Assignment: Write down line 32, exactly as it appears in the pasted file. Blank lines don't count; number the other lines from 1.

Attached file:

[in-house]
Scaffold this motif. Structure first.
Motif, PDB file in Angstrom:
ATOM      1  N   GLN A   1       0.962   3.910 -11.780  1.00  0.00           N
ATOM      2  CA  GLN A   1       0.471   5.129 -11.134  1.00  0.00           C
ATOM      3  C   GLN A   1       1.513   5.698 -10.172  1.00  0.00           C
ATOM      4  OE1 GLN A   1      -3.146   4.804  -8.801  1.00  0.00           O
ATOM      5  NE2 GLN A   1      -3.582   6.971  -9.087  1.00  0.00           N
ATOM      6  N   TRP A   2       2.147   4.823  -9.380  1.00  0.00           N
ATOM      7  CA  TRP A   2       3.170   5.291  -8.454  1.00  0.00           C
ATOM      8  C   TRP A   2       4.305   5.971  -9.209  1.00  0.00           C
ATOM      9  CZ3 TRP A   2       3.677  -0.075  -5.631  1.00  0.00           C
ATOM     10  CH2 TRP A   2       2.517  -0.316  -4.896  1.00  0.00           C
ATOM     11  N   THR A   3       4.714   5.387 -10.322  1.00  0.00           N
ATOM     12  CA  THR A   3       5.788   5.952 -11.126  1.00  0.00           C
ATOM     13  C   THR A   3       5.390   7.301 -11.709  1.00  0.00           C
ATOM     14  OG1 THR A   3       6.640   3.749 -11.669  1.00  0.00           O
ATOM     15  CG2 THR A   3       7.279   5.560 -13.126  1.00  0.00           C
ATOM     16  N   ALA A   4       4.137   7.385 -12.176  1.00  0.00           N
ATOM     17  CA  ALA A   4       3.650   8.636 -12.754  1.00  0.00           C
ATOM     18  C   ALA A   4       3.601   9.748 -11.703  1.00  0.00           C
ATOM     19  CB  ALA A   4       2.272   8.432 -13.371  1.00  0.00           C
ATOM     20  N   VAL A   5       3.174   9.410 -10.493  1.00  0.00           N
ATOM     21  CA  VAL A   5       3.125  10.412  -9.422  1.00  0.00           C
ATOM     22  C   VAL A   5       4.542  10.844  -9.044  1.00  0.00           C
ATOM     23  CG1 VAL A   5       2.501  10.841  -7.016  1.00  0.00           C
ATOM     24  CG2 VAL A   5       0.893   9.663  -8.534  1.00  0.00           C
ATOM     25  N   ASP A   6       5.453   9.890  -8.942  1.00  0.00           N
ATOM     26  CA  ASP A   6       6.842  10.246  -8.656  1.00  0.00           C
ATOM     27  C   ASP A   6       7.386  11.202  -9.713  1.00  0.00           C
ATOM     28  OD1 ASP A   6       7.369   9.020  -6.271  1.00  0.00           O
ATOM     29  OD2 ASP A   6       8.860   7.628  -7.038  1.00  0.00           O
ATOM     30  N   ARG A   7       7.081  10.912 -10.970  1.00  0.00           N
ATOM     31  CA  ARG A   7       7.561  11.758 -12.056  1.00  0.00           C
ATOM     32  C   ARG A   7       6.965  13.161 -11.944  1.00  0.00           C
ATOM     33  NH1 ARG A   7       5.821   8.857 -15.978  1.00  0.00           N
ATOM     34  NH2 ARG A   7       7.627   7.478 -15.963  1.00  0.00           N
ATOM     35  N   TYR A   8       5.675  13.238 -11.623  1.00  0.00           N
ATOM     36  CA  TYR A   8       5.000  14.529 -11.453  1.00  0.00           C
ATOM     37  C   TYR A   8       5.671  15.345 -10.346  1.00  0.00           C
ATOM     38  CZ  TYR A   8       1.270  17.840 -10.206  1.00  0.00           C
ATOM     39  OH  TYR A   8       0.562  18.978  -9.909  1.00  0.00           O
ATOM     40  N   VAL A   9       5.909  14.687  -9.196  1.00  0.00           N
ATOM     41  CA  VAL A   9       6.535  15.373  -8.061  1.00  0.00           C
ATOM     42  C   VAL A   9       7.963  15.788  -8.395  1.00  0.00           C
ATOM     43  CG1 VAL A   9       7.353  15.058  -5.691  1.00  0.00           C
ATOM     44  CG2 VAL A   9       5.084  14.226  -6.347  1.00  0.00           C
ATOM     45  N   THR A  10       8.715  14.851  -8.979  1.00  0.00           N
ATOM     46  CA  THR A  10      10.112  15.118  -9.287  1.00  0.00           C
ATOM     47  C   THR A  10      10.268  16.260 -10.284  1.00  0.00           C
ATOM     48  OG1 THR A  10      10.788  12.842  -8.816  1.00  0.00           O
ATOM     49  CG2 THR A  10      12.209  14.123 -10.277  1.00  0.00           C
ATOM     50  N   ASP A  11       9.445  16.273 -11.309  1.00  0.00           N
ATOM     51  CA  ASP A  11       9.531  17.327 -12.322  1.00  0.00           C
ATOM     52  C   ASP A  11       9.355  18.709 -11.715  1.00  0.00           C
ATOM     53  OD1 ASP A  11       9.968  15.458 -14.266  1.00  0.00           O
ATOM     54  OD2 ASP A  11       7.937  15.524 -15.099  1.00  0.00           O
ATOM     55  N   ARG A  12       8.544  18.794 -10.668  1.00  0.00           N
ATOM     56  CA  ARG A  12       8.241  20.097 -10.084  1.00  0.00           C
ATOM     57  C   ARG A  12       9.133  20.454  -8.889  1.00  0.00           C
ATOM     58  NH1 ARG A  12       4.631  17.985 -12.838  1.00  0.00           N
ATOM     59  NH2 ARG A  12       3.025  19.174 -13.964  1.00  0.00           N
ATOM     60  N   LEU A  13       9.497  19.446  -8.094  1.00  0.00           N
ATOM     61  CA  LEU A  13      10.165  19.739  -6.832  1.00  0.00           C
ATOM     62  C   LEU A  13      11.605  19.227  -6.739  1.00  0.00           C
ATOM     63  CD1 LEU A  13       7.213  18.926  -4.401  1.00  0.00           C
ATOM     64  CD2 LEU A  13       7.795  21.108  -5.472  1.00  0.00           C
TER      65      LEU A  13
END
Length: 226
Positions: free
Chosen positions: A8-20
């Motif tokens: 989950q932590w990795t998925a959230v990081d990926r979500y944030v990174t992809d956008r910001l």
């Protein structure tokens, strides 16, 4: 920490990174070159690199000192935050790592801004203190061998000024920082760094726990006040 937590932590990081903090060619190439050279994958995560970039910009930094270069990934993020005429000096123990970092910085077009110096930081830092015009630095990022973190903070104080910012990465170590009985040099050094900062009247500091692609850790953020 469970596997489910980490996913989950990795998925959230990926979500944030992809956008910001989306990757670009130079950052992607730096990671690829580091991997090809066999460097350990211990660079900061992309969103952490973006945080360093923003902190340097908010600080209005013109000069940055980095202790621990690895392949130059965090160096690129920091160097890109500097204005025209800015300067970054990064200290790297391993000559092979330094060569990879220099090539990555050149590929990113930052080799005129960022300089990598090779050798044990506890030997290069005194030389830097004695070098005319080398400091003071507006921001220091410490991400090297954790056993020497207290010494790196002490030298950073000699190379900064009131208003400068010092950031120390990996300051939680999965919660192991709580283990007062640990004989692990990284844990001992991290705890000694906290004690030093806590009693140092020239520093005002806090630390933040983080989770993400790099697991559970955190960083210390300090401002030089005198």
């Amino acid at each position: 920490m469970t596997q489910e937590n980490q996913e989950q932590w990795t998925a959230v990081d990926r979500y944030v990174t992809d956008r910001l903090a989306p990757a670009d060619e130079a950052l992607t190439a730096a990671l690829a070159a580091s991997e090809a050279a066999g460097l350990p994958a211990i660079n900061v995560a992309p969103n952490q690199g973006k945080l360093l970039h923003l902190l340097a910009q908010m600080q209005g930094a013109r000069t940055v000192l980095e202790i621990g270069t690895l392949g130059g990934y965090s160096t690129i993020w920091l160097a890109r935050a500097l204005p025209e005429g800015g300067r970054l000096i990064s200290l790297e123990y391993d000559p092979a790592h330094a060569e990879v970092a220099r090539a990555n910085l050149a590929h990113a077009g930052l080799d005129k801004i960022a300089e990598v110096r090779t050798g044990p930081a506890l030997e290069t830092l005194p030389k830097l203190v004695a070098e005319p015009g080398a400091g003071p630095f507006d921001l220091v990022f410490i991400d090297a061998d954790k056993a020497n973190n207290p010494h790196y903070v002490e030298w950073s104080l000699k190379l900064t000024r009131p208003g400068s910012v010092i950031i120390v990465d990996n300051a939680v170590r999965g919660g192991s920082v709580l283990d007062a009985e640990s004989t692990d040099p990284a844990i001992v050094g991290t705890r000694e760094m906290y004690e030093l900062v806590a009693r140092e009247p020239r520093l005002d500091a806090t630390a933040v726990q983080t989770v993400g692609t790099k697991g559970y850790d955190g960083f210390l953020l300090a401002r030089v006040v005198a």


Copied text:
ATOM     29  OD2 ASP A   6       8.860   7.628  -7.038  1.00  0.00           O